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Control your blood sugar levels

Diabetes is on the rise, threatening the hearts of millions of Americans

Last updated: February 2013

The number of people with type 2 diabetes has skyrocketed in recent decades, and so has the number of heart attacks among people who have it. Equally worrisome are the 57 million Americans—roughly a quarter of the people in the U.S.—who have prediabetes. They usually have no symptoms, and most don't even know that their blood sugar is a bit high. But most of them go on to develop full-blown type 2 diabetes. Even if they don't they face an increased risk of a heart attack or stroke, possibly cognitive decline, and certain cancers.

Know your numbers

A fasting blood glucose level (or blood sugar level) above 125 milligrams per deciliter indicates diabetes. And anything over 100 mg/dL is generally considered prediabetes, though some experts say that 110 mg/dL should be the cutoff. But blood sugar levels represent a continuum, and any cutoff point is somewhat arbitrary. In general, the higher your blood sugar level, the greater your risk. And the presence of other risk factors, such as high blood pressure and high LDL (bad) cholesterol, are reasons to take even slightly elevated blood sugar seriously. People who already have diabetes should try to keep their A1C level, which is a marker for long-term blood sugar control, under 7 percent.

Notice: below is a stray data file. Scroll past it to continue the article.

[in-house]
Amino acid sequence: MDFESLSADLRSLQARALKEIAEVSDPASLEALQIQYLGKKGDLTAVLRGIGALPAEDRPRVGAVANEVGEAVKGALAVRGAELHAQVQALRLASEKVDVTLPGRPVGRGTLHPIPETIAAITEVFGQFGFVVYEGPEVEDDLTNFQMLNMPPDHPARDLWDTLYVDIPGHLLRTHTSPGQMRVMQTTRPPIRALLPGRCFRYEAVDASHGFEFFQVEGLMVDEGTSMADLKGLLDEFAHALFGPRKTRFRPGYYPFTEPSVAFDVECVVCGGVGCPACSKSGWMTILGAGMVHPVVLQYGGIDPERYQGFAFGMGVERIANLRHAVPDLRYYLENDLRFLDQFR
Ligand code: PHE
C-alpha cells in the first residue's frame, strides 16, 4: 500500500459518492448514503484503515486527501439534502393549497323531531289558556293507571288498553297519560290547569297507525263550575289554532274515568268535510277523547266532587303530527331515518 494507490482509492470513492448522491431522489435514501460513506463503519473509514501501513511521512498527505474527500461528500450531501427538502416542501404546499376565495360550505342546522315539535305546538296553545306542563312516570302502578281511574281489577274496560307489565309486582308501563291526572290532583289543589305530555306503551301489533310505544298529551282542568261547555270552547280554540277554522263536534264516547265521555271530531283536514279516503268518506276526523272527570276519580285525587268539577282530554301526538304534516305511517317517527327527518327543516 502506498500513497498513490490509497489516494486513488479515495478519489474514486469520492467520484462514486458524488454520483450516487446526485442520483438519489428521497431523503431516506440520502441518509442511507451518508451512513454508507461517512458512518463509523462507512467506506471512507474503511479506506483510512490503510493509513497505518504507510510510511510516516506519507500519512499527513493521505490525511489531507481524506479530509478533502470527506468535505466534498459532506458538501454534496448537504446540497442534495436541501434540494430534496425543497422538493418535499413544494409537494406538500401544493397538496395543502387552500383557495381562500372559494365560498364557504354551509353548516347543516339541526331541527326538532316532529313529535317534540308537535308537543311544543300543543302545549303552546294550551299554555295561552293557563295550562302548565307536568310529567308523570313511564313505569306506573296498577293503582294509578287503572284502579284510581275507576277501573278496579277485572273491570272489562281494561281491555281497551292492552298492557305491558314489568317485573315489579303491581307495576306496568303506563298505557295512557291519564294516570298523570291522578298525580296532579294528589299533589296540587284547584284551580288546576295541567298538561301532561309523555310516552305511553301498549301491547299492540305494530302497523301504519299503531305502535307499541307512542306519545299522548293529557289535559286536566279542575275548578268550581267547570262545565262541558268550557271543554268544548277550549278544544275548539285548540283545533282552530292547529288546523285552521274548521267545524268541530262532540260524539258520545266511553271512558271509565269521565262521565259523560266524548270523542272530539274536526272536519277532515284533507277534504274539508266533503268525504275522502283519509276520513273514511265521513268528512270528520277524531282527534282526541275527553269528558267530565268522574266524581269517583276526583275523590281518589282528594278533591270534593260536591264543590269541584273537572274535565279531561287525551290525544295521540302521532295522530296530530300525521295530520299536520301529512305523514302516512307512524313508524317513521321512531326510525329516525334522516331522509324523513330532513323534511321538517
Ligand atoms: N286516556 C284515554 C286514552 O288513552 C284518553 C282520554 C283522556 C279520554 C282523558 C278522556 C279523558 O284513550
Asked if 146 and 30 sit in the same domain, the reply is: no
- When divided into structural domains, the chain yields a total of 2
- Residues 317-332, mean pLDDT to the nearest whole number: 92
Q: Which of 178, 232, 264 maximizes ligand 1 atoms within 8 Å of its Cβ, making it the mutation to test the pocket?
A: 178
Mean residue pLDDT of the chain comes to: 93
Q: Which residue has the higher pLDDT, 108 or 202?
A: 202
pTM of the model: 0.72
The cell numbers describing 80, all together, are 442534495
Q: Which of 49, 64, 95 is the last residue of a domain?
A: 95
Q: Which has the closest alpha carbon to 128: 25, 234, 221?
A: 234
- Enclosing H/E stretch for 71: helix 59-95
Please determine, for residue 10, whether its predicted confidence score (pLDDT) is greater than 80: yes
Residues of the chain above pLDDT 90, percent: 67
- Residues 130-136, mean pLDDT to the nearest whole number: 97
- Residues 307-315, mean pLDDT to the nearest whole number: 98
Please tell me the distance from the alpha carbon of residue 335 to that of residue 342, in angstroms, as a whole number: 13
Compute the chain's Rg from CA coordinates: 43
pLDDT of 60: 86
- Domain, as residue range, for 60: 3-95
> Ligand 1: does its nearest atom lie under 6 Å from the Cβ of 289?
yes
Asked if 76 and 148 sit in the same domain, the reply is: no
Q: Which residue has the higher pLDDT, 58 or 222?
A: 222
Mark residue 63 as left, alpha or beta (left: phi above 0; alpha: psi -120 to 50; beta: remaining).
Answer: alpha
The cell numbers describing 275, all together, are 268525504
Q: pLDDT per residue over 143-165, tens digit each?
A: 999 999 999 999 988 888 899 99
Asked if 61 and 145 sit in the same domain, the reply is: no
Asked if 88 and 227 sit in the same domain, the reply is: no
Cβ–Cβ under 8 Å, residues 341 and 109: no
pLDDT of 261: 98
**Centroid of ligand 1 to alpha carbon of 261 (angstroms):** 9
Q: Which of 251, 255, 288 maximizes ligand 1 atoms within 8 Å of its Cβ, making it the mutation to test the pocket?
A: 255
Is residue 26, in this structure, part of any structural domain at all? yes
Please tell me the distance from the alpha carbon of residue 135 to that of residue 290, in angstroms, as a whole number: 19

The table below lists the A1C levels that most people should aim for. Also shown are the blood pressure and cholesterol levels people should strive for if they have diabetes or prediabetes.

Hemoglobin A1c (HbA1c) Below 7 percent (below 6.5 percent for some)
Blood pressure Below 130/80 mmHg
LDL (bad) cholesterol Below 100 mg/dL (below 70 mg/dL is better)
HDL (good) cholesterol Above 40 mg/dL for men; 50 mg/dL for women
Triglycerides Below 150 mg/dL

Get screened

Adults who are at elevated risk for diabetes should have their blood sugar level measured at least every three to five years. That includes people with a personal history of heart attack, stroke, or heart disease, as well as those with any of these coronary-risk factors: a systolic (upper) blood pressure over 135 mmHg or a diastolic (lower) pressure over 80 mmHg; obesity (with a body mass index of 30 or over); or an LDL (bad) cholesterol over 130 mg/dL. Adults without those risks should also consider screening, though the benefits for them are less certain.

Early symptoms. You should also be tested if you have early symptoms of diabetes, listed below:

  • Extreme thirst
  • Extreme hunger
  • Frequent urination
  • Sores or bruises that heal slowly
  • Dry, itchy skin
  • Unexplained weight loss
  • Blurry vision that changes from day to day
  • Unusual tiredness or drowsiness
  • Tingling or numbness in the hands or feet
  • Frequent or recurring skin, gum, bladder, or vaginal yeast infections